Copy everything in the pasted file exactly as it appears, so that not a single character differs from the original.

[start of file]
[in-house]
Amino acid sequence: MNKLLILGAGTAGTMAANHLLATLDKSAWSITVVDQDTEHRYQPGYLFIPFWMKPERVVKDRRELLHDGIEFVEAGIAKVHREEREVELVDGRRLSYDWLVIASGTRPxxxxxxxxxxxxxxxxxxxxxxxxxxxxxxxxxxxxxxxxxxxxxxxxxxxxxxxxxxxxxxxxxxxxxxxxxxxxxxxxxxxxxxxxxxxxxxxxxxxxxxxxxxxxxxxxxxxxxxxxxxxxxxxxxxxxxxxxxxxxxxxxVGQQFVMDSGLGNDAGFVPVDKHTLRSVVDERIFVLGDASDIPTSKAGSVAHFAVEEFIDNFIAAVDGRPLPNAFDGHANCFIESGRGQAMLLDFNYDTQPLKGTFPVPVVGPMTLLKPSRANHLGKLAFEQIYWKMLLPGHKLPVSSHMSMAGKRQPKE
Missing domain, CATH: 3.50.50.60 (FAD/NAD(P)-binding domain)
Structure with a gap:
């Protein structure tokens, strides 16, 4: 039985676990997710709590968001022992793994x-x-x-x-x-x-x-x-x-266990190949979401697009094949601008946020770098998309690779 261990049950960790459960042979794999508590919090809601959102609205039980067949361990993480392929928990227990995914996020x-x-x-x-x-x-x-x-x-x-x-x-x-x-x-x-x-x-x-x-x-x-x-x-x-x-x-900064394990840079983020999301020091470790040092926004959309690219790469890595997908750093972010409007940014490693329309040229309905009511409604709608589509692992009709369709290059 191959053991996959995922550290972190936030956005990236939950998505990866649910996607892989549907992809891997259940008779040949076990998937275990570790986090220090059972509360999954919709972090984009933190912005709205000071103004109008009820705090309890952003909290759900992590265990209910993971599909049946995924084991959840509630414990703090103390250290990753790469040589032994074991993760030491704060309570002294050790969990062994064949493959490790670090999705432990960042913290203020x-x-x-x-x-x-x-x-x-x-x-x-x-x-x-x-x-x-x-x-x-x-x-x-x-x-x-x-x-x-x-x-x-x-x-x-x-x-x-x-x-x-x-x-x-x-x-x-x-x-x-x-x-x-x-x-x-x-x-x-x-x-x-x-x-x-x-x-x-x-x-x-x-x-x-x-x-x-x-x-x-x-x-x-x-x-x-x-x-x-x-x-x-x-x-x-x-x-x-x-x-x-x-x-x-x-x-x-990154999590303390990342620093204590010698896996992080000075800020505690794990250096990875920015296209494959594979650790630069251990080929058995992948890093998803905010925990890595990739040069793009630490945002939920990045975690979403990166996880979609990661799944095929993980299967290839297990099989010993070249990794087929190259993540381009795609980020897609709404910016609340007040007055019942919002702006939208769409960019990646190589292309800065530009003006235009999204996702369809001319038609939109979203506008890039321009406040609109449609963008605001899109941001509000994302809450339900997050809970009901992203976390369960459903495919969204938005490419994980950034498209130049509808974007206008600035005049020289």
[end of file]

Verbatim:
[in-house]
Amino acid sequence: MNKLLILGAGTAGTMAANHLLATLDKSAWSITVVDQDTEHRYQPGYLFIPFWMKPERVVKDRRELLHDGIEFVEAGIAKVHREEREVELVDGRRLSYDWLVIASGTRPxxxxxxxxxxxxxxxxxxxxxxxxxxxxxxxxxxxxxxxxxxxxxxxxxxxxxxxxxxxxxxxxxxxxxxxxxxxxxxxxxxxxxxxxxxxxxxxxxxxxxxxxxxxxxxxxxxxxxxxxxxxxxxxxxxxxxxxxxxxxxxxxVGQQFVMDSGLGNDAGFVPVDKHTLRSVVDERIFVLGDASDIPTSKAGSVAHFAVEEFIDNFIAAVDGRPLPNAFDGHANCFIESGRGQAMLLDFNYDTQPLKGTFPVPVVGPMTLLKPSRANHLGKLAFEQIYWKMLLPGHKLPVSSHMSMAGKRQPKE
Missing domain, CATH: 3.50.50.60 (FAD/NAD(P)-binding domain)
Structure with a gap:
């Protein structure tokens, strides 16, 4: 039985676990997710709590968001022992793994x-x-x-x-x-x-x-x-x-266990190949979401697009094949601008946020770098998309690779 261990049950960790459960042979794999508590919090809601959102609205039980067949361990993480392929928990227990995914996020x-x-x-x-x-x-x-x-x-x-x-x-x-x-x-x-x-x-x-x-x-x-x-x-x-x-x-900064394990840079983020999301020091470790040092926004959309690219790469890595997908750093972010409007940014490693329309040229309905009511409604709608589509692992009709369709290059 191959053991996959995922550290972190936030956005990236939950998505990866649910996607892989549907992809891997259940008779040949076990998937275990570790986090220090059972509360999954919709972090984009933190912005709205000071103004109008009820705090309890952003909290759900992590265990209910993971599909049946995924084991959840509630414990703090103390250290990753790469040589032994074991993760030491704060309570002294050790969990062994064949493959490790670090999705432990960042913290203020x-x-x-x-x-x-x-x-x-x-x-x-x-x-x-x-x-x-x-x-x-x-x-x-x-x-x-x-x-x-x-x-x-x-x-x-x-x-x-x-x-x-x-x-x-x-x-x-x-x-x-x-x-x-x-x-x-x-x-x-x-x-x-x-x-x-x-x-x-x-x-x-x-x-x-x-x-x-x-x-x-x-x-x-x-x-x-x-x-x-x-x-x-x-x-x-x-x-x-x-x-x-x-x-x-x-x-x-990154999590303390990342620093204590010698896996992080000075800020505690794990250096990875920015296209494959594979650790630069251990080929058995992948890093998803905010925990890595990739040069793009630490945002939920990045975690979403990166996880979609990661799944095929993980299967290839297990099989010993070249990794087929190259993540381009795609980020897609709404910016609340007040007055019942919002702006939208769409960019990646190589292309800065530009003006235009999204996702369809001319038609939109979203506008890039321009406040609109449609963008605001899109941001509000994302809450339900997050809970009901992203976390369960459903495919969204938005490419994980950034498209130049509808974007206008600035005049020289």